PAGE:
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While some winter challenges are unavoidable, innovation in the energy market can increasingly limit the effect of rising overheads. Here’s how you can keep your costs down
January can traditionally bring challenges as customers hold back their spending after festive excess. No store, therefore, wants to see overheads needlessly going up. Yet, Vincent de Rul, director of energy solutions at EDF Energy, says this can be the risk if stores don’t get their energy-
efficiency strategies in place.
“The winter months can be a challenge for all retailers looking to curb energy costs. Energy usage on a winter’s day is, on average, 36% higher than a summer’s day,” he says.
And this is an issue for stores of all kinds, de Rul adds. “Efficiency is essential for all retailers – it helps lower energy bills and improves financial performance,” he says.
Here he provides a simple five-step checklist to ensure your store is as energy efficient as possible.
1. Don’t neglect the simple steps
Simply switching off heating systems when buildings are empty may seem disarmingly simple, but they remain among the most practical and cost-effective ways to make significant savings. Simple steps such as fitting energy efficient light bulbs or doors on chillers reduce the risk of large energy bills, especially when you have more than one store to consider.
2. Set up temperature zones
Retail outlets have two distinct ‘time zones’ – one when the shop is open to the public, and the other where staff are the only people present. This gives the opportunity to set up two separate timers that work around your store’s opening times, ensuring that energy is not wasted.
3. Gain a better understanding of your energy usage
Effective change starts with an understanding of specific energy usage. Tools such as EDF’s PowerNow monitors mean shop managers can view, in real time, the energy usage of fridge systems on their shop floor and heating in their back office, or the difference in energy usage when shop doors are left open compared with when they are closed.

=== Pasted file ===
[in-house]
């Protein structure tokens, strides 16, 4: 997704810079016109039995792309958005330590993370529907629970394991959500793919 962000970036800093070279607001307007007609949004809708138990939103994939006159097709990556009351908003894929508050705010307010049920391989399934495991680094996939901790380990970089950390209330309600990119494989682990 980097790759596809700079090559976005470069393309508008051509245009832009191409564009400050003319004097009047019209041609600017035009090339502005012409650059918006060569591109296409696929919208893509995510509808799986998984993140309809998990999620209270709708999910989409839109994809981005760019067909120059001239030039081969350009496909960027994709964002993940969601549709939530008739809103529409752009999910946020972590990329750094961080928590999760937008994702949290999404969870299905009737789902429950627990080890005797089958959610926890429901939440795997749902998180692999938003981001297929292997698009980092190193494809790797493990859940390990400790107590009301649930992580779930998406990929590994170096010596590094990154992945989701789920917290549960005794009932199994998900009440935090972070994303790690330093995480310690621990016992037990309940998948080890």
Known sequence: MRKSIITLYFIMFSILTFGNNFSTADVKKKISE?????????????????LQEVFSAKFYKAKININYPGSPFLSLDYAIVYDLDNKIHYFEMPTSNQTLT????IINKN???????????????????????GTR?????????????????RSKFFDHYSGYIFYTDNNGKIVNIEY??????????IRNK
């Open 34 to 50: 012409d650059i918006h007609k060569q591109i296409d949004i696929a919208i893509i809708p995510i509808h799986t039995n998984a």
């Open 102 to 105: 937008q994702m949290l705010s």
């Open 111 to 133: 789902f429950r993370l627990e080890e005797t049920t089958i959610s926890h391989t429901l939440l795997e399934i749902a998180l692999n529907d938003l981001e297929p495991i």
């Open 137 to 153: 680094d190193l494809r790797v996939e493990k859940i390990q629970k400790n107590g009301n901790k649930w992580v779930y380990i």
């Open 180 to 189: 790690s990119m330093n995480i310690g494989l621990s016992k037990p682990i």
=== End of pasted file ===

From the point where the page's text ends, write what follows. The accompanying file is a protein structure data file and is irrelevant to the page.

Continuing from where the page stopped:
4. Automate efficiency measures
Behavioural changes are important, but only go so far. Stores can also benefit from automating efficiency measures such as optimum start-stop controllers, which switch off heating when it is not needed. Daylight and occupancy sensors do the same for lighting. You can access financing solutions from suppliers and quickly recoup the installation costs through savings.
5. Go all the way with a low-carbon heating system
Around 81% of today’s heating demands are met using gas-fired boilers. Low-carbon systems reduce an organisation’s dependency on expensive fossil fuels. Two popular low-carbon solutions include district heating and cooling systems, which deliver heat from renewable sources via an underground network, or heat pumps that extract heat from the ground or air.
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